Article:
WSU RESIDENCE INDABA ADDRESSES STUDENT ACCOMMODATION PLIGHT

The second leg of the Student Accommodation Indaba held a dialogue about current student accommodation challenges and possible solutions to overcome these challenges, at the Queenstown Health Resource Centre on Friday 12 July.

 

In attendance were students, landlords and various staff members of Walter Sisulu University (WSU).

 

Faculty of Economics and Information Technology Dean, Doctor Patrick Bwowe said the purpose of the Indaba was to find a way to co-exist so that students can have a good standard of living and have service providers deliver what is expected of them.

 

“WSU is trying to put value on the people we are working with by sharing ideas and values with various stakeholders” he said.

 

Concerns and issues raised included student accommodation availability, living conditions in residences, landlords not investing much in their business or ignoring basic services, bad student behavior and National Student Financial Aid Scheme (NSFAS) issues pertaining to accommodation.

 

Student Affairs executive director, Zoleka Dotwana said there has been a significant growth at the Komani (Queenstown) Campus and with the growth there had been a demand in student accommodation.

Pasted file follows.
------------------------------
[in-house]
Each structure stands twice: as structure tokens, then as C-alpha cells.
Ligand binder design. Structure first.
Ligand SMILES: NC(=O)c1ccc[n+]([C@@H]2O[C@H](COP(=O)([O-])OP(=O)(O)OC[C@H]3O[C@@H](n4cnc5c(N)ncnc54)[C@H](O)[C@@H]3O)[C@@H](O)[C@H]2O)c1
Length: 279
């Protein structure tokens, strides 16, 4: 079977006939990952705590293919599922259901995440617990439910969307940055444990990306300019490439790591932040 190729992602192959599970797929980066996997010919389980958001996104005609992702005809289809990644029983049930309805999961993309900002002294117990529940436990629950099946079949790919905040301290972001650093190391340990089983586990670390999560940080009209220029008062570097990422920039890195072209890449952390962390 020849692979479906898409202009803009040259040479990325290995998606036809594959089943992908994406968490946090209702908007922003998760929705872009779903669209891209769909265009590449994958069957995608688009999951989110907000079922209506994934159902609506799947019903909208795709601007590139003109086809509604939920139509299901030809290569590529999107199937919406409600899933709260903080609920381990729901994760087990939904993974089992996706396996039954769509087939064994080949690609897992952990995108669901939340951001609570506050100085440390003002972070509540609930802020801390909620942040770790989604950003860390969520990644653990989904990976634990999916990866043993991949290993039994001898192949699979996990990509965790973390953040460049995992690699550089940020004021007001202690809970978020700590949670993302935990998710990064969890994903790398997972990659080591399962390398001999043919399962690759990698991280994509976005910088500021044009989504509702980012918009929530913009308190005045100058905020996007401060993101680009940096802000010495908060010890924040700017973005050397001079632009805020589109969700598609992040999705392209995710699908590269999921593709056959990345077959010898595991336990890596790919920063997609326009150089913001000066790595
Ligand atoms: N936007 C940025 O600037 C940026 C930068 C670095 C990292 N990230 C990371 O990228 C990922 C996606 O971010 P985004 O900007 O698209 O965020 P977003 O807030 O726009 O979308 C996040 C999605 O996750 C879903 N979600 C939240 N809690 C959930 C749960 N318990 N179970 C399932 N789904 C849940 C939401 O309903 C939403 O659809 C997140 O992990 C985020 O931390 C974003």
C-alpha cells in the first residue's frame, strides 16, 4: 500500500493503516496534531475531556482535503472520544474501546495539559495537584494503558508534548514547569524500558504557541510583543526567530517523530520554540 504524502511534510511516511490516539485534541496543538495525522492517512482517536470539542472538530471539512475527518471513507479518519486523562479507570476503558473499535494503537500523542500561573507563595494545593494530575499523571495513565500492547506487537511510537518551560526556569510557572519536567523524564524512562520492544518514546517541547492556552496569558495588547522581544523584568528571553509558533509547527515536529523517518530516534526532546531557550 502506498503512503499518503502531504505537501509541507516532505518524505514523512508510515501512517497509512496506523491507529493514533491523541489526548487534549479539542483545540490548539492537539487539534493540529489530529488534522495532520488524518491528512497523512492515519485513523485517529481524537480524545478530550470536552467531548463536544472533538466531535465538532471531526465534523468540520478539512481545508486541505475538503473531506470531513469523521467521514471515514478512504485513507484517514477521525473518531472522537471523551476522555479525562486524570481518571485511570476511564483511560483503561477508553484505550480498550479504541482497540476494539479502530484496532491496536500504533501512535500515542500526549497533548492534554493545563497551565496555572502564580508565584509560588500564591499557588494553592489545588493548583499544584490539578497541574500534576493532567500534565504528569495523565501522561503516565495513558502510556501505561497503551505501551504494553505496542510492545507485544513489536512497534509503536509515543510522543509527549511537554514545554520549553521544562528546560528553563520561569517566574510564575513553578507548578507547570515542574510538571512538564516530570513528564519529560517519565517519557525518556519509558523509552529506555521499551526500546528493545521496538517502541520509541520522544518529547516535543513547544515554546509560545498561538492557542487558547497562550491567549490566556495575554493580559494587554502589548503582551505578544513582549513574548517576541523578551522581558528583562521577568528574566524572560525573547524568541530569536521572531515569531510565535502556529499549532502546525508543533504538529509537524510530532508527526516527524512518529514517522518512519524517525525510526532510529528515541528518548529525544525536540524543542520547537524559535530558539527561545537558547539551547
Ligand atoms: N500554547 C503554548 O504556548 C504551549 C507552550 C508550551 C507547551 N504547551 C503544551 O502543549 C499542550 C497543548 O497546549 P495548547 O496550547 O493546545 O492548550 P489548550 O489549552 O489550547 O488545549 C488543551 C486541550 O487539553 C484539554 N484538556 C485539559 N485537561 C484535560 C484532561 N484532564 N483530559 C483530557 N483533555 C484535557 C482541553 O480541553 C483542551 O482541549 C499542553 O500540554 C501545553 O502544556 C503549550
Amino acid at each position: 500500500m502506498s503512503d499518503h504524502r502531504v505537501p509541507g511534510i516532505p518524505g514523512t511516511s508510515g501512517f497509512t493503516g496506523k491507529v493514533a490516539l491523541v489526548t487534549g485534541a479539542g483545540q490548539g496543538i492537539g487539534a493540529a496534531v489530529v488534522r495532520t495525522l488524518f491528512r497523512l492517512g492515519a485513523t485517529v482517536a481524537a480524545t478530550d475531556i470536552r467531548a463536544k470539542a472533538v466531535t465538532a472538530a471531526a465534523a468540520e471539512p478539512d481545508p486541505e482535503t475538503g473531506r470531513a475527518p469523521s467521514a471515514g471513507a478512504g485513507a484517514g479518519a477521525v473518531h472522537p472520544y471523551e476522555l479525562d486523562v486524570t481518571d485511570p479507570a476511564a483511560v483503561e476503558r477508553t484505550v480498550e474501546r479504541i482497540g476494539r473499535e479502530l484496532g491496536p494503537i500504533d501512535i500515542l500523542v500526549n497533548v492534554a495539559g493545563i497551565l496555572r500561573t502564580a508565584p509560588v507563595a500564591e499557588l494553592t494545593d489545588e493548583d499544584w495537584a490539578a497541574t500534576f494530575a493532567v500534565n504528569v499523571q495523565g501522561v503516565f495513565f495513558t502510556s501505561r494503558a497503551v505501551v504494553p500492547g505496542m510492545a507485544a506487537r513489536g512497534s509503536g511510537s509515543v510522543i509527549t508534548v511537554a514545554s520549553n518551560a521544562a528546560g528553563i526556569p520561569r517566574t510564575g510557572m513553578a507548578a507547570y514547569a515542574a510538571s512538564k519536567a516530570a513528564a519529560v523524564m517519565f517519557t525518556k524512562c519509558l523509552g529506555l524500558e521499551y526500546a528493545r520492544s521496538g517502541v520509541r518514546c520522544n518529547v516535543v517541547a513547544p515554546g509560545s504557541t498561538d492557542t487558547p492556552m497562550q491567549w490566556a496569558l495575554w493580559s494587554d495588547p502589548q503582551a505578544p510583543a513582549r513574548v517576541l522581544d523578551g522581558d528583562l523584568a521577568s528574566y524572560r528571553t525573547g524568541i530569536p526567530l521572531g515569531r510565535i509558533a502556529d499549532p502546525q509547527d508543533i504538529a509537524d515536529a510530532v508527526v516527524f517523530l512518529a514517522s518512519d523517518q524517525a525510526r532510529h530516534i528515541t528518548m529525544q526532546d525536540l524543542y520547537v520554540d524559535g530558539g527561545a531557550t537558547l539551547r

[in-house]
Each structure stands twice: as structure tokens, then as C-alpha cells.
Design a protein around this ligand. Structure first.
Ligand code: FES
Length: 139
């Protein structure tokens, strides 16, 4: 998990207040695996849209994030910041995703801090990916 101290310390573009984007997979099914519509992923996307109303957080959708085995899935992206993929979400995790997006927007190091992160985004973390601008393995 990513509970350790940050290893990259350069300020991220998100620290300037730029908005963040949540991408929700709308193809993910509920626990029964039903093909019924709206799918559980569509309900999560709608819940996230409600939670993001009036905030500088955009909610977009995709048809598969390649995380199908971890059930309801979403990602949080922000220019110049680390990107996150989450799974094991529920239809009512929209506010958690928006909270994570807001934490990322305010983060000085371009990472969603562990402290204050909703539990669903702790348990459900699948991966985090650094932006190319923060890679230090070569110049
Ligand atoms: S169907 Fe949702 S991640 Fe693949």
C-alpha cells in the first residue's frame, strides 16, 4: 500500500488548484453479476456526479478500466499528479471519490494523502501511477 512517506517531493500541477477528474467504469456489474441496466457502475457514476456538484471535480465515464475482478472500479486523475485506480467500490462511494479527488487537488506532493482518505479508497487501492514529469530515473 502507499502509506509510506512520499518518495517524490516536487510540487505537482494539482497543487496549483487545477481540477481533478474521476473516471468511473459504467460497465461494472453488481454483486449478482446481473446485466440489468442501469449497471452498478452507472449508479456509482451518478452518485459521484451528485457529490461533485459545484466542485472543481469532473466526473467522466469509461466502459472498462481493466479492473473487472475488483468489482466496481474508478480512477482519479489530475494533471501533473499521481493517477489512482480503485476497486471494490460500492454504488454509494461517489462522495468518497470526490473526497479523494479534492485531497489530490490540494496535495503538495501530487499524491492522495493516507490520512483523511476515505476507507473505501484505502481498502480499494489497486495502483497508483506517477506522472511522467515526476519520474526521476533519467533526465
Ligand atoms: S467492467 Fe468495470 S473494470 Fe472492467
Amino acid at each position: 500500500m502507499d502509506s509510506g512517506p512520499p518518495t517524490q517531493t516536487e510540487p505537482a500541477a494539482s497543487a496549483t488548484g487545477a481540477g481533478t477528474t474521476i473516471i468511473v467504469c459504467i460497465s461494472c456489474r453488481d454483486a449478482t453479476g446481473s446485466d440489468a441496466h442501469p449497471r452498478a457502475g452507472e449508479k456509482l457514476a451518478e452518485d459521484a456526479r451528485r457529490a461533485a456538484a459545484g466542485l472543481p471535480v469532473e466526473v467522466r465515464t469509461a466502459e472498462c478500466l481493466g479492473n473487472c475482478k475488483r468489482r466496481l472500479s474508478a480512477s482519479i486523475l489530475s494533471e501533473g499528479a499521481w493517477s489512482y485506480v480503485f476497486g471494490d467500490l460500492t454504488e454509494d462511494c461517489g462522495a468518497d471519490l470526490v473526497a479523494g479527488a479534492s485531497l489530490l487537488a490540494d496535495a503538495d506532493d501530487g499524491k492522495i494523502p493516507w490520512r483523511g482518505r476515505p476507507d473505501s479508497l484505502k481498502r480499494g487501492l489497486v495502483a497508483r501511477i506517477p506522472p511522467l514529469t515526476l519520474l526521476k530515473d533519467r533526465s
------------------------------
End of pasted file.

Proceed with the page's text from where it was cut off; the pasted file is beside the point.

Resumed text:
“We have come a long way and it is pleasing to see that we are growing, we have 32 700 students in our institution and we are aware that residence by nature is a critical need that demands to be serviced”she said.

 

Student Representative Council President of the Queenstown Campus site Unathi Gqetywa said they welcomed all the suggestions that were meant to enhance student living.

 

He also cautioned that landlords and students should work towards reaching a common ground and try to understand each other.

 

“I plead that landlords be weary that students come from different backgrounds of which some of them face challenges in the places that they come from.”

 

“These challenges can have an impact on the social skills of the students thus causing problems in their academics and life at res, it would be lovely if landlords could approach these issues as parents and understand them however we do not condone irresponsible behavior from students”, said Gqetywa.

 

Chairperson of the discipline committee in Queenstown Zolile Sontshi said to ensure that landlords and students live harmoniously together there had to be rules that are set.

 

“In order for landlords and students to get along it is essential that ground rules are established, these rules should be written up and placed in the house so that should there be a problem one can refer to the rules that were put in place”, he said.

 

By Xolelwa Dwesini

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